Diabetic Foot Care Can Prevent Foot Amputations

President Barack Obama has received some significant criticism in the last couple of weeks for some comments he made related to his health care plan. He suggested that doctors stand to make $30,000 for an amputation. This number is not even close, as it consists of the entire hospital stay. According to an article by the Associated Press, the surgeon's fee is a small fraction...often less than $1,000. But President Obama is correct in assuming that we need a better focus on preventative diabetic foot care.

By far, the most cost effective way to treat diabetic foot complications is to prevent them entirely. Believe it or not, once a complication occurs, such as a foot ulcer, the costs increase exponentially. Once an ulcer forms, it can cost up to $8,000 to treat...$17,000 if it becomes infected! Spending a significantly lower cost to prevent an ulcer from occurring is most certainly ideal!

How can we prevent a diabetic foot complications from forming?  First, every person with diabetes should form an association with a podiatrist for routine foot checkups.  These checks will help to monitor circulation down the legs and into the foot, nerve sensation, and assess risk factors for formation of ulcers and wounds.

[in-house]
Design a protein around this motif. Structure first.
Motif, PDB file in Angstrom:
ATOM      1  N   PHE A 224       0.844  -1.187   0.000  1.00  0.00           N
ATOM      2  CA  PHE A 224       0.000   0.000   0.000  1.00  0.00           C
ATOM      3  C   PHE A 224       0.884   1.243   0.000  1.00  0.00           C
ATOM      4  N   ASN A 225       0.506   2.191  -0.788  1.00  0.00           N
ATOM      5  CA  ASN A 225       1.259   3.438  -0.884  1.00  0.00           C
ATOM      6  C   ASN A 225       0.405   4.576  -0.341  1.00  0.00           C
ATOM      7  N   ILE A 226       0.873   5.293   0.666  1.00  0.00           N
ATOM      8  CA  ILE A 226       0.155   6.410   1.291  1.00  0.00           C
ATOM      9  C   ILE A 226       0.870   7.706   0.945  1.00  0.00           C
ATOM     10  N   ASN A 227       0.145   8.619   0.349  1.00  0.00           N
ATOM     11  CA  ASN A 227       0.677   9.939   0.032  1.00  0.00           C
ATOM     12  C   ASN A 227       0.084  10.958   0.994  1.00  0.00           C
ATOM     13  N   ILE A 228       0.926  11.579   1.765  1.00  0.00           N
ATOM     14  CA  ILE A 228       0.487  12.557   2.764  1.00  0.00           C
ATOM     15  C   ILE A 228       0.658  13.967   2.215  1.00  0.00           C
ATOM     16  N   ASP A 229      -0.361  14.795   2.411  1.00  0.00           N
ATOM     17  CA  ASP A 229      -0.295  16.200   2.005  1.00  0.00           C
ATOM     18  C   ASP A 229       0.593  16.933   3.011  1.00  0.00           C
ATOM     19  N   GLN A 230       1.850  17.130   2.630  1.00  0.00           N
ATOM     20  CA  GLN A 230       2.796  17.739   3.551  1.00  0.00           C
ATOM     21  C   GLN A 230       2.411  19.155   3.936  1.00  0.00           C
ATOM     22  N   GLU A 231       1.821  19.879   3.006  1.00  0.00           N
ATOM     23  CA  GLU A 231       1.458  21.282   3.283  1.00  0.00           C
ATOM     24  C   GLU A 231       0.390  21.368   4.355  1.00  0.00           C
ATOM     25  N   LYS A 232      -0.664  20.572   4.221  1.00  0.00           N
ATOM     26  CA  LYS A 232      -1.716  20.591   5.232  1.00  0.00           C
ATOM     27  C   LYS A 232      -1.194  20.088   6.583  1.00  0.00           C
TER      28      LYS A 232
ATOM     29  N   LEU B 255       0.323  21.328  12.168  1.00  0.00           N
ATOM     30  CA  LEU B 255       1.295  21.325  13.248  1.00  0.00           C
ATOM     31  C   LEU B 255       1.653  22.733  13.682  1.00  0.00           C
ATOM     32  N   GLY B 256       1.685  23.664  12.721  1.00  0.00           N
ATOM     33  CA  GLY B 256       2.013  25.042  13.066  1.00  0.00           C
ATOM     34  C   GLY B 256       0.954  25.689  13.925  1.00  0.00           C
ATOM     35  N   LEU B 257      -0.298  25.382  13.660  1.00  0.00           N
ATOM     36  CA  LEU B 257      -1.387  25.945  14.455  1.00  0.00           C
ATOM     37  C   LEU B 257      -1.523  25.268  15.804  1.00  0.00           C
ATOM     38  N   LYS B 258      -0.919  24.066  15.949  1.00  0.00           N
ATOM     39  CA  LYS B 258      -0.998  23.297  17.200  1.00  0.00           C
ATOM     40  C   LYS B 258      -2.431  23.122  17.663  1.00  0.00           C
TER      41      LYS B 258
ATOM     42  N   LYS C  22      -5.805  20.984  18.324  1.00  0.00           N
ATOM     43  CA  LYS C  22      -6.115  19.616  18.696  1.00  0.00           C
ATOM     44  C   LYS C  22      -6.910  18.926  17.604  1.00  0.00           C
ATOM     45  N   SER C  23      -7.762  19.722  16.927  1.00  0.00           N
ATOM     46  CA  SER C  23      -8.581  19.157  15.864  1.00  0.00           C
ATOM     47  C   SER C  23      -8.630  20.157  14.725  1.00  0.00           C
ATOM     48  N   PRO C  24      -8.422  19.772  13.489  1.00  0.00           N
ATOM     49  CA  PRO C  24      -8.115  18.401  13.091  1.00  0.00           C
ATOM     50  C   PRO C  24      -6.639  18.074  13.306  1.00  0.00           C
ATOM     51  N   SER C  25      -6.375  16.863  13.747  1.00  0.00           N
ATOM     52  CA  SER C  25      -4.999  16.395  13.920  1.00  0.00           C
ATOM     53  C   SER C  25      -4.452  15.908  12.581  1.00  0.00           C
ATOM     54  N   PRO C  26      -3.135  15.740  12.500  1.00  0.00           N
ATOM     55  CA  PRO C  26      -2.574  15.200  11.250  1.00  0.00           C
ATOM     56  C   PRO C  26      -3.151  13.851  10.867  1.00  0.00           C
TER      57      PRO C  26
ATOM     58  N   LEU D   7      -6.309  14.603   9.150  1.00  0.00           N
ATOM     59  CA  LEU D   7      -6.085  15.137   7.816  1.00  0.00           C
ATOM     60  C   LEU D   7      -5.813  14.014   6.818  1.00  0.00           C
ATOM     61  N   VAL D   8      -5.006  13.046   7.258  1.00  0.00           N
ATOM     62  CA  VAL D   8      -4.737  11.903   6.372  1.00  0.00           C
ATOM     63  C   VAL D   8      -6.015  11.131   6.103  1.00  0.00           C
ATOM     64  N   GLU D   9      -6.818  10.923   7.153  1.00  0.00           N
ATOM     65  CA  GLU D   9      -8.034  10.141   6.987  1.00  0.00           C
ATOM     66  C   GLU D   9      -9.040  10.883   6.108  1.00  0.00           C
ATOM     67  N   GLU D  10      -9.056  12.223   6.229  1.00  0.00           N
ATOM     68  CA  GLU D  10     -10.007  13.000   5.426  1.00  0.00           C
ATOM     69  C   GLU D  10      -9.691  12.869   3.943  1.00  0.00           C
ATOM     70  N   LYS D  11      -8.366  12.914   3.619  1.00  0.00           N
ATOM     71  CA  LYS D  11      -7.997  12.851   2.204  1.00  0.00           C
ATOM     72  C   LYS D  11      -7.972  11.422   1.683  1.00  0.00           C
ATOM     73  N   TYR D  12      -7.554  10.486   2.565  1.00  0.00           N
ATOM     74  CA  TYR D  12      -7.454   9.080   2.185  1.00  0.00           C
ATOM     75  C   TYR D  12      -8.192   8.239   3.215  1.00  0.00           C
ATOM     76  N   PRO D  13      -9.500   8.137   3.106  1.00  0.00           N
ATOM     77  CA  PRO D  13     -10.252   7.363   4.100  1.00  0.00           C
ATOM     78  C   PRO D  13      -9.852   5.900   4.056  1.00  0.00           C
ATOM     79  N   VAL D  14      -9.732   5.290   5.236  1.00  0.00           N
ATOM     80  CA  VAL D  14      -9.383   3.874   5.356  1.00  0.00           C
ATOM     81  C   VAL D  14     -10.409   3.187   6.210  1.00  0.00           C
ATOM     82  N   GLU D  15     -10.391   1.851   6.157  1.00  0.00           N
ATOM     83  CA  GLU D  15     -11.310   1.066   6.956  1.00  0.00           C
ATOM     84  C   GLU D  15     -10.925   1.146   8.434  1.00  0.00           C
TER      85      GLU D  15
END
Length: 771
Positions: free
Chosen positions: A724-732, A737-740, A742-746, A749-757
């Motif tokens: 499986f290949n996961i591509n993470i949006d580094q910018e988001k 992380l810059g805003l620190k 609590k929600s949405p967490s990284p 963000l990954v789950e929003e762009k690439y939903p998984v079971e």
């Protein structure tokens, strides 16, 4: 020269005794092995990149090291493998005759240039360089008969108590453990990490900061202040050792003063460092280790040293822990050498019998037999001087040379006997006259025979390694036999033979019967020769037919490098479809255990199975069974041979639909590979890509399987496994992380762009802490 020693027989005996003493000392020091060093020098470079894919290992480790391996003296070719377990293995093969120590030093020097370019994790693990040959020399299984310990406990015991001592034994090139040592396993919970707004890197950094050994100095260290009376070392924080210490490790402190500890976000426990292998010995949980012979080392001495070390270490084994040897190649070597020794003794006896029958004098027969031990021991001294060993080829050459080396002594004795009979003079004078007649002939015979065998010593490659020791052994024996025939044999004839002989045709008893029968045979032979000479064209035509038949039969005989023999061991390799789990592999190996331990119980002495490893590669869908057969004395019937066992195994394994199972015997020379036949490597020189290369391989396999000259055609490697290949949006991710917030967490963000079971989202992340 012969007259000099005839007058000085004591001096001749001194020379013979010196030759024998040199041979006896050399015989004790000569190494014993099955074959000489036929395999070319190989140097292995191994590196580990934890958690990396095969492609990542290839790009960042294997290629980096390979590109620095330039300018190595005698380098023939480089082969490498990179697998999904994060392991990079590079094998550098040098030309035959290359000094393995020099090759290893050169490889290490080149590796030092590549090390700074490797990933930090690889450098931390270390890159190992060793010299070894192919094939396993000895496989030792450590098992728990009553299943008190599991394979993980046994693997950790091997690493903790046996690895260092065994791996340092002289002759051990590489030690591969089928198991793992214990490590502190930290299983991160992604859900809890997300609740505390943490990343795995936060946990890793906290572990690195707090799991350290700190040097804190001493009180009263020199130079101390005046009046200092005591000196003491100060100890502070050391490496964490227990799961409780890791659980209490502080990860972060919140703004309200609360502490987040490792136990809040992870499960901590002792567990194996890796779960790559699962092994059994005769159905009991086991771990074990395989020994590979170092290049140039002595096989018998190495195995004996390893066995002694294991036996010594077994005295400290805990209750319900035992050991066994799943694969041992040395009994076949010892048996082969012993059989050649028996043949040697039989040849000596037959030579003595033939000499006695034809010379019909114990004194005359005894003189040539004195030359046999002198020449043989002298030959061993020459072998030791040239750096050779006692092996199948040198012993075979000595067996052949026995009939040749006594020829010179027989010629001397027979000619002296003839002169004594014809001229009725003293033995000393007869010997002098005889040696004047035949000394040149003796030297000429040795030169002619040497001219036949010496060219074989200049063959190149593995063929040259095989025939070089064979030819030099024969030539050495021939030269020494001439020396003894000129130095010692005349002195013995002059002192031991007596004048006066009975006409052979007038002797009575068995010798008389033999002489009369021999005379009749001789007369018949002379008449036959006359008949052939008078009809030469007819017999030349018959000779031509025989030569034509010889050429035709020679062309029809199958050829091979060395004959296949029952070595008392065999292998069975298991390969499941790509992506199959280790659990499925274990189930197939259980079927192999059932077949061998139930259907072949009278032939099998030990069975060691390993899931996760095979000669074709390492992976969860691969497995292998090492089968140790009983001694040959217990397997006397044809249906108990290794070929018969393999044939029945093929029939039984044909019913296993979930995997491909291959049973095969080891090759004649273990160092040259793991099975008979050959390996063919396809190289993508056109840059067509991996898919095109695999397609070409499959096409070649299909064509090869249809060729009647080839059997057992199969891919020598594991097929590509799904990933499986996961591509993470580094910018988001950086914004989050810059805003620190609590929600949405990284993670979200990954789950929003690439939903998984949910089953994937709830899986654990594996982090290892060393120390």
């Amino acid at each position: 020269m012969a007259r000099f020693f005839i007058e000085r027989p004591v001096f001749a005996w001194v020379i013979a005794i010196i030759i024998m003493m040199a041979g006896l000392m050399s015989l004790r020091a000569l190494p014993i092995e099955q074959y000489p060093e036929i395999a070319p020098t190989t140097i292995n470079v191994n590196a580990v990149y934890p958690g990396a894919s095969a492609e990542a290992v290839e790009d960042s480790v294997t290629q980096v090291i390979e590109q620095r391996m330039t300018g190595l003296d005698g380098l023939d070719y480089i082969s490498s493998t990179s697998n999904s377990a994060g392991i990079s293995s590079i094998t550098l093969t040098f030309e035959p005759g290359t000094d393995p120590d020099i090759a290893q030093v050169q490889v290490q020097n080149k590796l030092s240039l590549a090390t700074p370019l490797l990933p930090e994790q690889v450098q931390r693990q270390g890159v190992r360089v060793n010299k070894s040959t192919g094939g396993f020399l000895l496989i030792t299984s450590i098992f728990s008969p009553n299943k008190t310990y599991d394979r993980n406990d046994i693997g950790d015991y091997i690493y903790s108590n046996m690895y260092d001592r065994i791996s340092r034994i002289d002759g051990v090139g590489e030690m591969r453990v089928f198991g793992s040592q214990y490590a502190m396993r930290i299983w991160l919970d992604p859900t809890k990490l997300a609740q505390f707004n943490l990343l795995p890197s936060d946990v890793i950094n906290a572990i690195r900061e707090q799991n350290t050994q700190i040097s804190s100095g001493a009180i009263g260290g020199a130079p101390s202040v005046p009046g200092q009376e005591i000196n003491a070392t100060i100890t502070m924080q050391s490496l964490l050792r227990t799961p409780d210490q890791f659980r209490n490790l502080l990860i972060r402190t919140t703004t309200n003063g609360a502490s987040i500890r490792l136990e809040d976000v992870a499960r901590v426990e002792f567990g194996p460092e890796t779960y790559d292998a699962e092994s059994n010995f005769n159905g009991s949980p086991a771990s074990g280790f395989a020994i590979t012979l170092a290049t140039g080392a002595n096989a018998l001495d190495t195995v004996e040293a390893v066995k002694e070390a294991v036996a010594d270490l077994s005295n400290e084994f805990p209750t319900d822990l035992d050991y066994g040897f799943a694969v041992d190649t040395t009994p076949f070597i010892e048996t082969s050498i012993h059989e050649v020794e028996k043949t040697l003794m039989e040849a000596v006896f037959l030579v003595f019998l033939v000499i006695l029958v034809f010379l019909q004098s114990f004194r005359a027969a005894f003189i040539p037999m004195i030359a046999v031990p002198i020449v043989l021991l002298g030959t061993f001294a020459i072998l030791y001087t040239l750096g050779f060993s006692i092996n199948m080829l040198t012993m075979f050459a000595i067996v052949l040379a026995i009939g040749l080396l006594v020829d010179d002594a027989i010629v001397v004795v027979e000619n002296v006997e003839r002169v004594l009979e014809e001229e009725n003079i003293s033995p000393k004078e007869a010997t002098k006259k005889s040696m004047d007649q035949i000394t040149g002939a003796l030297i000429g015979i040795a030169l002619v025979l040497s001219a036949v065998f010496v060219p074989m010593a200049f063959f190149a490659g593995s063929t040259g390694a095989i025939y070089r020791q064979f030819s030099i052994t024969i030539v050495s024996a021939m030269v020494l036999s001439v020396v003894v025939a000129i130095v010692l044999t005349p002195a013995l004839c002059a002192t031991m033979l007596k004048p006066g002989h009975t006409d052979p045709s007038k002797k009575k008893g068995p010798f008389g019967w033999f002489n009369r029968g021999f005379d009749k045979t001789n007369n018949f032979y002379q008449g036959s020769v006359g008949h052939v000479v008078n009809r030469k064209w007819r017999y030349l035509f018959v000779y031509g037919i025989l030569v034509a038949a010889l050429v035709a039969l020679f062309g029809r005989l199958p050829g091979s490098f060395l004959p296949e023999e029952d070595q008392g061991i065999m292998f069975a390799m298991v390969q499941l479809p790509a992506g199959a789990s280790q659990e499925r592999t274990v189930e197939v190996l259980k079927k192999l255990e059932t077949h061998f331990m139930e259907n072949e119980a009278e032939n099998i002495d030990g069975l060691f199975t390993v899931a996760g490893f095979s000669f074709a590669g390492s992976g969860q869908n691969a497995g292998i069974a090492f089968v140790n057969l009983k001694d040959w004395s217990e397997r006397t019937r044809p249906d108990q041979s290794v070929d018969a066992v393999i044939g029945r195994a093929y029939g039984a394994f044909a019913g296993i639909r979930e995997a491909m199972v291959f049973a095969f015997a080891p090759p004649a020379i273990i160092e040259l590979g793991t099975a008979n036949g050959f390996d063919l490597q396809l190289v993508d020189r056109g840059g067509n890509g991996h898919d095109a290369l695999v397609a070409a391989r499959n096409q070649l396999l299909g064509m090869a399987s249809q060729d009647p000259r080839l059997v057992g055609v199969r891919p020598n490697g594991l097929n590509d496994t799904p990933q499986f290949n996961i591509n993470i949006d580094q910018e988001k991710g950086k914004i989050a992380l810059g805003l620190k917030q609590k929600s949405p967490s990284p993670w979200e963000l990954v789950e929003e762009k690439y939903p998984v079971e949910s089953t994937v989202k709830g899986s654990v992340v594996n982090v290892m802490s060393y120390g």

Since wounds primarily form in areas of pressure, managing that pressure is incredibly important.  Even Medicare has recognized the value in shoes with insoles that will prevent those pressures from causing problems and cover a pair of shoes and several pair of insoles each year.  The insoles are made of a soft material that redistributes the weight and alleviates areas of pressure.  We, as do many podiatrists, carry lines of diabetic footwear.  Those who do not will refer you somewhere that does.

You can't rely on the podiatrist alone to keep you healthy.  I always recommend that my patients with diabetes perform a quick foot check each evening before bedtime.  What they look for is anything that wasn't there the day before:  redness, bleeding, pus, etc.  For those who cannot pick their feet up to see the bottom, a wonderful mirrored scale is available called the CheckPoint scale.  Its mirrored surface allows you to easily view the bottom of the foot for daily inspection.  This way if you notice a problem, you will know it is no more than 24 hours old.

Experts say that diabetics need the right care to keep their limbs.  I couldn't agree more with that statement.  There will always be factors that put diabetics at greater risk of developing foot problems, being vigilant in controlling your blood sugar while watching for the smallest sign of a problem, will tip the scale in your favor.
Dr. Andrew Schneider
Dr. Andrew Schneider is a podiatrist and foot surgeon at Tanglewood Foot Specialists in Houston, TX.
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